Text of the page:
美 [ˌɑpɚˈtunɪti, -ˈtju-]
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- opportunity:  Opportunity has its origins in a Latin nautical term denoting ‘favourable winds’. This was opportūnus, a compound adjective formed from the prefix ob- ‘to’ and portus ‘harbour’ (source of English port). It was used originally for winds, ‘blowing towards the harbour’, and since it is good when such advantageous winds arrive, it developed metaphorically to ‘coming at a convenient time’. From it English got opportune  and the derived opportunity. Opportunism  is a much more recent introduction, which originated in the world of Italian politics.
- opportunity (n.)
- late 14c., from Old French opportunite (13c.) and directly from Latin opportunitatem (nominative opportunitas) "fitness, convenience, suitableness, favorable time," from opportunus (see opportune). Opportunity cost attested from 1911. Expression opportunity knocks but once (at any man's door) attested from 1898.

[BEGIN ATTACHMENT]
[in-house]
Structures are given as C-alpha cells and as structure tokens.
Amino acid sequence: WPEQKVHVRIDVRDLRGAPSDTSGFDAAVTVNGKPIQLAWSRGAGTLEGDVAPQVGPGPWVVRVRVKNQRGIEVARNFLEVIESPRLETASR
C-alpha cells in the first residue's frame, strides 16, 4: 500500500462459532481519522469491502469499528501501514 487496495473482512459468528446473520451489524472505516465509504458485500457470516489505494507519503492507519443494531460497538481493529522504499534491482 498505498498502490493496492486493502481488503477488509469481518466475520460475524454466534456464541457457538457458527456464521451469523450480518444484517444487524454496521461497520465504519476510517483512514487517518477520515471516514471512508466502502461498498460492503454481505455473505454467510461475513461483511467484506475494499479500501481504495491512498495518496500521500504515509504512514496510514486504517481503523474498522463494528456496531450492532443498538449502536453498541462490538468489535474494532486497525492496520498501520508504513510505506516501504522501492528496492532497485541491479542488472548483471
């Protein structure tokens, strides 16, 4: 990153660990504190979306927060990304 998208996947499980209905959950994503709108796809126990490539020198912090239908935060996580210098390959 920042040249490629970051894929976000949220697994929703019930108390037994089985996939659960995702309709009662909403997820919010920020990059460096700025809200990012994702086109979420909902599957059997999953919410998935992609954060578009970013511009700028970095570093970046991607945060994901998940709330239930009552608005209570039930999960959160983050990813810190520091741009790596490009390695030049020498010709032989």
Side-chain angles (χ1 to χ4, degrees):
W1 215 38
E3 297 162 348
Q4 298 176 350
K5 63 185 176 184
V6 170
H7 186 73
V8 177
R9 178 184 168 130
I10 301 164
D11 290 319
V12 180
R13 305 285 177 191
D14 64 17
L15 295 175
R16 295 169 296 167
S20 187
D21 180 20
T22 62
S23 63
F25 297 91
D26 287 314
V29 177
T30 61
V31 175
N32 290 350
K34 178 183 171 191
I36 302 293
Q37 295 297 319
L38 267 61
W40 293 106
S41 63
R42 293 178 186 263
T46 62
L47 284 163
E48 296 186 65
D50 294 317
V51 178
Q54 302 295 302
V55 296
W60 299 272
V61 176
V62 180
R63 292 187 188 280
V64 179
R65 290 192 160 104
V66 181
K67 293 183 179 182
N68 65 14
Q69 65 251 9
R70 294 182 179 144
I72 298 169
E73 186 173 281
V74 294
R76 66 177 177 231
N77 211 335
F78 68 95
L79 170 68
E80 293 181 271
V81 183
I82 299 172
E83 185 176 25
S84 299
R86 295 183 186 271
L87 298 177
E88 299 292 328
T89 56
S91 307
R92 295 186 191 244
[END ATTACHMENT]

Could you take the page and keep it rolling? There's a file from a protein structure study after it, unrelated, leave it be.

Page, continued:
- 1. Good luck is when an opportunity comes along and you're prepared for it.
- 2. The opportunity had gone. His mind scrabbled for alternatives.
- 3. First-generation Americans view the United States as a land of golden opportunity.
- 4. The owners don't want to overlook any opportunity to make a buck.
- 5. Their colleagues insulted them whenever the opportunity presented itself.
[ opportunity 造句 ]